The Top 5 Questions SEC Chairman Nominee Mary Jo White Must Answer
The Senate Banking Committee is holding a confirmation hearing on Tuesday, March 12 on the nomination of Mary Jo White to be the next Chairman of the Securities and Exchange Commission (SEC).
“There are many questions that Mary Jo White must be asked about her past statements about the financial crisis, about financial reform, and her activities as a defense lawyer representing Wall Street. However, the following questions are the top five that Ms. White must specifically and concretely address. Her answers will make it clear whether or not she understands that protecting the public, investors, taxpayers, the markets, the financial system and our economy are her highest priorities,” said Dennis Kelleher, President of Better Markets, Inc., an independent nonprofit organization that promotes the public interest in the financial markets.
“Protecting Main Street first and always is not only good for Main Street, it is also good for our entire economy and that is good for Wall Street. The reverse is not true. Many things can be good for Wall Street and devastating for Main Street, as the recent financial crisis painfully demonstrated. Reordering those priorities is job one for the next Chairman of the SEC,” said Mr. Kelleher.
The top five questions Better Markets suggests are:
1. How will you change SEC enforcement from its meaningless slap-on the-wrist puny cost-of-doing-business settlements that let Wall Street banks, executives and supervisors off the hook, to prosecutions, fines and penalties that are actually so meaningful that they will not only punish banks and bankers, but also deter the ongoing Wall Street crime wave that arises from the current culture of anything goes because no there’s no real chance of getting caught or being punished even if caught?
Put another way, will you end the double standard of bringing the hammer down on Main Street minnows while letting the rich, powerful, well-connected Wall Street whales get off mostly scot-free?
2. How will you prevent the abuse and breach of public trust that arises from the revolving door where former SEC staff work in the private sector, but use their prior public service and inside SEC connections to get information, access and influence to serve their private clients, often the most powerful on Wall Street and often to the detriment of the public? Shouldn’t every such contact be prohibited and require immediate full detailed public disclosure? Shouldn’t everyone, no matter how connected or powerful, including but not limited to former SEC staff, be required to participate in the established processes that minimize opportunities for favoritism and conflicts, real or apparent?
Put another way, what will you direct the SEC staff to do if they ever get a call like the call you placed privately to SEC Enforcement Director Linda Thomsen about Morgan Stanley’s prospective CEO John Mack? Shouldn’t the SEC policy be to immediately hang up the phone and report the call to the SEC Ethics office?
3. When passing rules, the law requires the SEC to conduct very limited economic analysis of a few specifically identified factors, which do not include cost benefit analysis. However, the industry, some politicians and some courts have been pushing the SEC to do what they call “cost benefit analysis,” which when scrutinized is really “industry cost only analysis.” Given that requiring this analysis is not the law, would bias rulemaking to protect Wall Street profits not taxpayers, and that so many of the benefits of SEC rules and actions, like protecting investors, the markets and financial system as well as our economy, are incalculable and unquantifiable, how will you ensure that onerous one-sided analysis not required by law is not undertaken by the agency?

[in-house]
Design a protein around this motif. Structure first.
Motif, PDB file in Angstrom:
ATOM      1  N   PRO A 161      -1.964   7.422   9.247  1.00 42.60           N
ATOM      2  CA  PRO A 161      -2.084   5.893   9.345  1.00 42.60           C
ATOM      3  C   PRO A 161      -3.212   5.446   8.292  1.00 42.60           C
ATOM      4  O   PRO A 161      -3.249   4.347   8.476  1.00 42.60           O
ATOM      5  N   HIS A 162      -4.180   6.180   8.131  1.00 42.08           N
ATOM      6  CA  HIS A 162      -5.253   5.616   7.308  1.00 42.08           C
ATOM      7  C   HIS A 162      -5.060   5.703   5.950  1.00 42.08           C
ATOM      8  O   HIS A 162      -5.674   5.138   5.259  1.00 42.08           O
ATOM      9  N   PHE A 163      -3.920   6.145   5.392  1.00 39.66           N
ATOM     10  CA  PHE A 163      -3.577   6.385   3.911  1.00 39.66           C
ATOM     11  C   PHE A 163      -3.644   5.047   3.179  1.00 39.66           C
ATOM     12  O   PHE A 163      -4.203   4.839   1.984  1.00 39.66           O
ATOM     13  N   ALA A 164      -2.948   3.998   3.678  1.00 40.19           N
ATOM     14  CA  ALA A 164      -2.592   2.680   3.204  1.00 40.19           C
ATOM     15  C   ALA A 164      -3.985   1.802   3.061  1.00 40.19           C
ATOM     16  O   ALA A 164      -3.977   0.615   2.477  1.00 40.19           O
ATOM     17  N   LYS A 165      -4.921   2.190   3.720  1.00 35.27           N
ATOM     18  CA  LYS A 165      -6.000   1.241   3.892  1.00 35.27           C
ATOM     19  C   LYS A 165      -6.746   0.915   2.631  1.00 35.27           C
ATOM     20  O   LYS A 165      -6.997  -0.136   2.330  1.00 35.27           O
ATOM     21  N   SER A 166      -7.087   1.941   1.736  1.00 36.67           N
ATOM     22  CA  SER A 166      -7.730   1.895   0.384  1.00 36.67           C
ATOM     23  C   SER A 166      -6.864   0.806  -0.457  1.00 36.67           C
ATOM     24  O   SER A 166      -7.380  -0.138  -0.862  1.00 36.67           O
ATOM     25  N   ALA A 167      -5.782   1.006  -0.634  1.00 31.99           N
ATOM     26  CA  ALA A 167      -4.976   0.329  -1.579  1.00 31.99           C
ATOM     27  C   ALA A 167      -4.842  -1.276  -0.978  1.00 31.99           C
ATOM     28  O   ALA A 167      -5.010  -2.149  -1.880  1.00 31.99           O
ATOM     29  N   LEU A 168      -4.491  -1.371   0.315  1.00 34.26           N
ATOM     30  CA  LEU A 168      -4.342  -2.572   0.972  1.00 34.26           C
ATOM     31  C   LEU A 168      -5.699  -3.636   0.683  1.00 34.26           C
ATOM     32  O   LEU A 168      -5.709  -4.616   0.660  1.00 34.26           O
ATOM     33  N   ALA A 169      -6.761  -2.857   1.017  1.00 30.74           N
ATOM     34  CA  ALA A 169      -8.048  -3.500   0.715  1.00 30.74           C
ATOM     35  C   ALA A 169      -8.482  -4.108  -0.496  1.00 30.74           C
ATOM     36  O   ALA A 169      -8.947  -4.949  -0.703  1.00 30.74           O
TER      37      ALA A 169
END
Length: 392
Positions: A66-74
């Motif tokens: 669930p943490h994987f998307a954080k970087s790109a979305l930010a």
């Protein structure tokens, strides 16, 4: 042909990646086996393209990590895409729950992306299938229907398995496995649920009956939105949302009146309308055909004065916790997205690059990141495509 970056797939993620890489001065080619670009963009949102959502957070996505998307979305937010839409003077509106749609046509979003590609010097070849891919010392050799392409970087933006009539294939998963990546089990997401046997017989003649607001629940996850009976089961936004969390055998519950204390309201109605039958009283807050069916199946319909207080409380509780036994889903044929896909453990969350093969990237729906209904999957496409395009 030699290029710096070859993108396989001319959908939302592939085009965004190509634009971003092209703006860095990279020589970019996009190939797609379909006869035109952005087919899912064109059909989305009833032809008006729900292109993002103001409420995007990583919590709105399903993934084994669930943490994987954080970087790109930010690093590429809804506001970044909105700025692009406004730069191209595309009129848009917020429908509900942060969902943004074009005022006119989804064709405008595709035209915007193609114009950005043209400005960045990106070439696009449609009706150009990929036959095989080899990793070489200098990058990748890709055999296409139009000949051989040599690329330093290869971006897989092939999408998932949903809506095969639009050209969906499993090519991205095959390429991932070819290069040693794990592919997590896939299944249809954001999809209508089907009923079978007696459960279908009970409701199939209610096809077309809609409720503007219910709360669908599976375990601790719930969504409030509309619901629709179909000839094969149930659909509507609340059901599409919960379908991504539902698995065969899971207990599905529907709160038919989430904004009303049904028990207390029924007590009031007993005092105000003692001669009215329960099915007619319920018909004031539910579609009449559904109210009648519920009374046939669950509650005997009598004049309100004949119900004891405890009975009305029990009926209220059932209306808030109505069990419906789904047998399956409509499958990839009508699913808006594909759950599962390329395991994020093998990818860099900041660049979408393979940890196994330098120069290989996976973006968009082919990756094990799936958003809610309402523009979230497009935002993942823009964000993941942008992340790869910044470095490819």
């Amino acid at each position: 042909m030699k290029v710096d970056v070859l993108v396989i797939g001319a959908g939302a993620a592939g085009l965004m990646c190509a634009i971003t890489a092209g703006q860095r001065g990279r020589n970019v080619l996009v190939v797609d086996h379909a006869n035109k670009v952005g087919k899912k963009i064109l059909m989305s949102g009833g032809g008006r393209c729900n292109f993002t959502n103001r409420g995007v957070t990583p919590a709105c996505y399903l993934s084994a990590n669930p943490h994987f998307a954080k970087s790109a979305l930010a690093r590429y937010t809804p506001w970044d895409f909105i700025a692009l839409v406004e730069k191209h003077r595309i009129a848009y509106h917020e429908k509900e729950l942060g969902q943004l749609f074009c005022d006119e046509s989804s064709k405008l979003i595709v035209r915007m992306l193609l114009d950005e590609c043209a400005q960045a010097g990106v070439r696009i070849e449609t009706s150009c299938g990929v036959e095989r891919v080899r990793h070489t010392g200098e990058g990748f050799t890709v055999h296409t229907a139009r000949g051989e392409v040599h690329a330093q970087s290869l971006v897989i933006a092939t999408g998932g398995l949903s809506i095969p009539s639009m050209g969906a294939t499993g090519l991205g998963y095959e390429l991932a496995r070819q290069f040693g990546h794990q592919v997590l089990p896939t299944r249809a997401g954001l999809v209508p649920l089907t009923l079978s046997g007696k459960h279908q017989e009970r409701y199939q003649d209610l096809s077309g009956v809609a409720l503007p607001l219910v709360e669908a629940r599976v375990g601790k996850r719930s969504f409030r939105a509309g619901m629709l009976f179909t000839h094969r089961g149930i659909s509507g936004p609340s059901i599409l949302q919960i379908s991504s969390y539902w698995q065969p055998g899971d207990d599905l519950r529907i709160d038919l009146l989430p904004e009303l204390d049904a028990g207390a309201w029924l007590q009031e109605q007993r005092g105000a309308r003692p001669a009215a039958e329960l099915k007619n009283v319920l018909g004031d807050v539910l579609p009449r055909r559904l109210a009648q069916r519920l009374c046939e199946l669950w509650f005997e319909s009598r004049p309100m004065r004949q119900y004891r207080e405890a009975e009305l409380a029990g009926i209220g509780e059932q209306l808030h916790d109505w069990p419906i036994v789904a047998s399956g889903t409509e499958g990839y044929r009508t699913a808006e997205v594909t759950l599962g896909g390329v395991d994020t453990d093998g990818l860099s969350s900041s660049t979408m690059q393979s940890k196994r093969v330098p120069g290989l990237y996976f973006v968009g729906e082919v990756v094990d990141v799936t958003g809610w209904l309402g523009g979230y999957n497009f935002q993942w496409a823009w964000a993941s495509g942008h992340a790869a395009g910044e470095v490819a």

Put another way, two recent studies have shown that the cost of the recent financial and economic crises will cost this country $13 trillion or more and another report showed how the industry is using what they call “cost benefit analysis” to undermine financial reform. How will you prevent that and how will you incorporate the facts and findings regarding the costs of the crisis into the SEC’s economic analysis?
4. The post-Great Depression combination of laws and rules protected the country for almost 70 years before deregulation took down the multiple layers of protection between Main Street from Wall Street, which included: (a) limiting banking activities, (b) forcing the separation of different types of banking and (c) policing by regulators. Do you agree that such layers of protection are needed?
Also, do you understand the Volcker Rule, which limits certain high risk activities, as one of the layers of protection for the American people?
5. Given that the SEC is supposed to regulate and police all of the U.S. capital markets, which are vast and vital to our economy and standard of living, isn’t the SEC grossly underfunded? Doesn’t the SEC need a significantly greater budget, including tens of millions of dollars a year more just to upgrade its technology to keep up with the ever-changing markets? Doesn’t the SEC need to hire hundreds of programmers, analysts, specialists and inspection, risk and enforcement staff to use that technology so that the SEC can be a 21st century agency?
Also, isn’t the SEC entirely funded by fees paid by industry and does not cost the taxpayer one dime? Isn’t cutting the SEC’s budget or not increasing it really just giving money back to Wall Street and preventing the SEC from policing Wall Street?